Putting children at the centre: Intergroup welcomes the EU Child Rights Strategy


Brussels, 24 March 2021


Today the European Commission adopted the first-ever EU strategy on the rights of the child, which encompasses both the EU internal and external action, making the promotion and protection of children’s rights a reality.  

This strategy is the result of a joint effort with the European Parliament. The Intergroup on children’s rights played a pivotal role in paving the way for this strategy by initiating the European Parliament Resolution of 26 November 2019 on children’s rights on the occasion of the 30th anniversary of the UN Convention on the Rights of the Child, as well as the most recent European Parliament Resolution of 11 March 2021 on children’s rights in view of the EU Strategy on the rights of the child. These important Resolutions set out key policy priorities and identified key areas of intervention to advance the child rights agenda, which are now included in the strategy.

More than 10,000 children participated to the consultation ahead of the EU Child Strategy and this is a milestone on itself, giving children a chance to have a say in shaping their future.  

We commend the commitment of the European Commission to advance the child rights agenda in the EU. It is a far-reaching strategy that really puts children at the centre, covering 6 thematic areas spanning from child participation, fighting child poverty, ending all forms of violence against children, to child-friendly justice, children’s rights in the digital world and the global dimension.

While we are delighted to see this important strategy coming to life, we also want to make sure that we go from words to actions and that children’s rights are finally afforded the priority they deserve in all EU policies and legislation. Children are affected by every legislation and policy that we adopt at European level, in its internal and external action. The EU Child Rights Strategy sets clear priorities for the years to come, yet we regret to see that in the European Commission there is not a single unit entirely dedicated on children’s rights, which will be in charge of implementing the strategy.

There is a need of a more coordinated approach to children and young people’s rights within the European Commission in order to effectively mainstream children’s rights and assess the impact of legislative and non-legislative work on children.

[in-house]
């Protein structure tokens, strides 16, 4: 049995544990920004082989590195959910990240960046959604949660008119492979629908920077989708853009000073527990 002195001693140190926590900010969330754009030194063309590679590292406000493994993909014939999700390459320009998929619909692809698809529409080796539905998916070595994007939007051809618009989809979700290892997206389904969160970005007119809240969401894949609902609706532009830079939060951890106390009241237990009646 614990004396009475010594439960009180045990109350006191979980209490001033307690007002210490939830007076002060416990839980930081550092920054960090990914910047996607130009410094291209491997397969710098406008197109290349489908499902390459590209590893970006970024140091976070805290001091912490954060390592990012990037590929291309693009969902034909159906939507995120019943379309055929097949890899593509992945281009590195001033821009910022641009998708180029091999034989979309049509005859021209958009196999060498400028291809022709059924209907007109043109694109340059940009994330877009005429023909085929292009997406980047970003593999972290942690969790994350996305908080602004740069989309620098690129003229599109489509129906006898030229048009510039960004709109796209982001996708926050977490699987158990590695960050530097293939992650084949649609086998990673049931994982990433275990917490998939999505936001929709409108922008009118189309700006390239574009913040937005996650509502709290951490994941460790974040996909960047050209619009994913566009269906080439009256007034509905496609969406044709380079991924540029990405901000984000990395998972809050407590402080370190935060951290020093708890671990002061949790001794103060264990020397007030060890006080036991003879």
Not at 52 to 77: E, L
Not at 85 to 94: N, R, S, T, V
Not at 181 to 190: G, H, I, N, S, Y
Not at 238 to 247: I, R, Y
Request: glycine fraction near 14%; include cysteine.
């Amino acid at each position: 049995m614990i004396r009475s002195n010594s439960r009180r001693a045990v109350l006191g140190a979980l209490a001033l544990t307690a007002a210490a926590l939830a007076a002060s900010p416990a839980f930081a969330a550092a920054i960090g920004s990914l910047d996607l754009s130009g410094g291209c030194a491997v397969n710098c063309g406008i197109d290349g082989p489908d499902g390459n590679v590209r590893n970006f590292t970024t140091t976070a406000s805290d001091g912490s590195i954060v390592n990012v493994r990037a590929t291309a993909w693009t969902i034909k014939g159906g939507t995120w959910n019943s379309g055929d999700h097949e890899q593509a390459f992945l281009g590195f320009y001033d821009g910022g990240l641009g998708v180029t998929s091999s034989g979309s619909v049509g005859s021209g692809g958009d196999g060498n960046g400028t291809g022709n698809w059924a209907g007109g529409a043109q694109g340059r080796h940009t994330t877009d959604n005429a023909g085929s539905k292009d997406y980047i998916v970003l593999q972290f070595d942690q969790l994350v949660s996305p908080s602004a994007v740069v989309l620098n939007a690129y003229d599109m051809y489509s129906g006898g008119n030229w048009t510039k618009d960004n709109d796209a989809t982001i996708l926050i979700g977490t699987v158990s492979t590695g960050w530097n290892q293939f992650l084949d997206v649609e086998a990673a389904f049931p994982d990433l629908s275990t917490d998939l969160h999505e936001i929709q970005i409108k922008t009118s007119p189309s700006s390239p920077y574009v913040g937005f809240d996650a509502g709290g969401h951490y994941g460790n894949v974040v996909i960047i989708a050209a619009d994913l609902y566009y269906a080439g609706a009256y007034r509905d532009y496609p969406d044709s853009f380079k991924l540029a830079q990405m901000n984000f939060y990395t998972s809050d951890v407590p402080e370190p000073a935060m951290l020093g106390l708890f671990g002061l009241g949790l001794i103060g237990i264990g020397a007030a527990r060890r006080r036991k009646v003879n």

If we really are to bring about a real change in promoting and protecting children’s rights in the EU, it is essential to have a proper child rights unit exclusively devoted to children’s rights both in the European Commission and in the European External Action Service.

The child rights agenda has specific issues and can no longer be treated as a mere appendix of the broader human rights and fundamental rights agenda. Children and children’s rights specificities require a more specific approach and expertise.

In our Resolution of 26 November 2019 on children’s rights on the occasion of the 30th anniversary of the UN Convention on the Rights of the Child, we called for the appointment of a high-level public figure as the EU representative on children’s rights with explicit and exclusive responsibility on children to serve as a point of reference for all EU matters and policy areas related to children. This high-level representative would ensure a consistent and coordinated approach to the promotion and protection of children’s rights in all internal and external EU policies and action.

This would set the EU in the right course and step up its role as a global actor for the promotion and protection of children’s rights across the world, living up to the ambitions of the EU Child Rights Strategy. A clear and exclusive mandate on children’s rights in the European Commission is much needed to ensure a coordinated approach within the DGs and various services of the European Commission.

As the only EU Institution directly elected by the EU citizens, the European Parliament is by nature the house of all EU citizens, including children. They represent a key constituency not only because they have more at stake when it comes to decisions on their future, but also because they are strongly committed to and understand the values underpinning European integration. Children and young people are indeed in need of special protection as vulnerable group, notwithstanding they are also agents of change.

Children and young people over the last years have shown a tremendous degree of resilience in different settings and have distinguished themselves in many policy areas by driving a veritable progressive and European agenda. We commend the acknowledgement of this role in the Strategy and we particularly welcome the creation of a Children’s Participation Platform gathering children themselves as part of the monitoring and evaluation of the strategy itself.

The European Parliament plays a key role for the protection and promotion of children’s rights across Europe and around the world by mainstreaming children’s rights in all EU policies and legislation.

As Intergroup on Children’s Rights, we stand ready to cooperate with the European Commission and the Member States to ensure a full implementation of this important programmatic document.

Let’s work together to make sure the best interest of the child is always fully respected across the EU and globally and every child is given a clear chance to thrive and reach their full potential, leaving no one behind.



David Lega MEP, Co-Chair

Caterina Chinnici MEP, Co-Chair

Hilde Vautmans MEP, Co-Chair


Antonio Lopez Isturiz White MEP, Vice-Chair, EPP Secretary General

Evin Incir MEP, Vice-Chair

Laurence Farreng MEP, Vice-Chair

Dragos Pislaru MEP, Vice-Chair

Javier Moreno Sanchez MEP, Vice-Chair, Head of the Spanish S&D Delegation

Milan Brglez MEP, Vice-Chair 


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